• Maintaining diversity in drug development for AD research is important for enhancing the flow of information from randomized clinical trials.

“Accumulating evidence from clinical studies leads us to the converging idea that enrichment of brain GSH is the way forward through candidates with superior bioavailability and efficacy,” notes Dr. Mandal.

One contribution explores the neuroprotective effect of combined treatment with epigallocatechin 3-gallate (EGCG) and melatonin (MT) on familial AD. Investigators analyzed the therapeutic potential of a combination of EGCG and MT in a three-dimensional in vitro model of rare familial AD with a mutation in the presenilin-1 gene. The combination of EGCG and MT treatment effectively reduced these pathological markers more efficiently than individual treatments.

Co-lead investigators Marlene Jimenez-Del-Rio, PhD, and Carlos Velez-Pardo, DrSci, both from the Neuroscience Research Group, Medical Research Institute, Faculty of Medicine, University of Antioquia, SIU, Medellin, Colombia, report, “Treatment with a combination of EGCG and MT can be of high therapeutic value due to the high antioxidant capacity and anti-amyloidogenic effect of both compounds compared to individual treatments and deserves further investigation.” Dr. Mandal adds: “Combined therapy of EGCG and MT holds a therapeutic promise for familial AD due to inherent antioxidant capability.”

Other important topics covered in this issue include:

  • Molecular aspects of aging and age-related disorders
  • Potential therapeutic effects of long-term administration of Tocovid, a novel vitamin E mixture
  • Protective effects of coenzyme Q10 and high-intensity interval training, both individually and in combination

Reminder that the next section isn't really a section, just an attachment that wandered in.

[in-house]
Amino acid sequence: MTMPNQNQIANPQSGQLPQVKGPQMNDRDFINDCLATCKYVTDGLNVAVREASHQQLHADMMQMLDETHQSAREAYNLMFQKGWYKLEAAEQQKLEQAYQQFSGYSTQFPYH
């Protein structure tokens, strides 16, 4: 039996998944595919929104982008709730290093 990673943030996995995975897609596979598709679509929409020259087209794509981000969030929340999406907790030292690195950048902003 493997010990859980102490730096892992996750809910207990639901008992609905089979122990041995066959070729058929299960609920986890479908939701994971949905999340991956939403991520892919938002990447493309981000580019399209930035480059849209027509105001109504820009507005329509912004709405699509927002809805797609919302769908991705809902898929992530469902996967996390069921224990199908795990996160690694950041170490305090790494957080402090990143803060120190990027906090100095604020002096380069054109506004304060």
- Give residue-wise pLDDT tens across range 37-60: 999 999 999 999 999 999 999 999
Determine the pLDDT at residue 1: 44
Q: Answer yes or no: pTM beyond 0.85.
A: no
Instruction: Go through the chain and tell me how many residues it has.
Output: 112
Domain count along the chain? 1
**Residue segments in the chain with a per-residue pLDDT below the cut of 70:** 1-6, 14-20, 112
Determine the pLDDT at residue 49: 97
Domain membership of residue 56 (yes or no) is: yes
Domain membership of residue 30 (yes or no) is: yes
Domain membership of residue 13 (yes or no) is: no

• Efficacy of docosapentaenoic acid and/or eicosapentaenoic acid supplements in patients with mild cognitive impairment
  • Protective functions of the thioredoxin system and nicotinamide adenine dinucleotide phosphate in the context of AD-induced damage
  • Potential strategies to address early events in AD involving microvascular deterioration in the hippocampus that precedes Aβ deposition
  • Antioxidative and anti-neuroinflammatory effects of Centella asiatica and its triterpene fractions on lipopolysaccharide-induced microglial cells for AD management
  • A computational system pharmacology workflow to uncover the OS triggering AD as well as the potential therapeutic targets and neuroprotective drugs

“I anticipate that the OS hypothesis will gain its rightful recognition sooner in AD research to guide drug development tbat will effectively reduce OS and preserve cognitive function,” concludes Dr. Mandal.

“The discovery of OS as upstream to amyloid beta and tau deposition places it at the crossroads of effective therapeutic intervention. Dr. Mandal’s issue explores the state of the science and inspires further development,” adds George Perry, PhD, Semmes Foundation Distinguished University Chair in Neurobiology, The University of Texas at San Antonio, and Editor-in-Chief of JAD.

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Schedule19 Jun 2024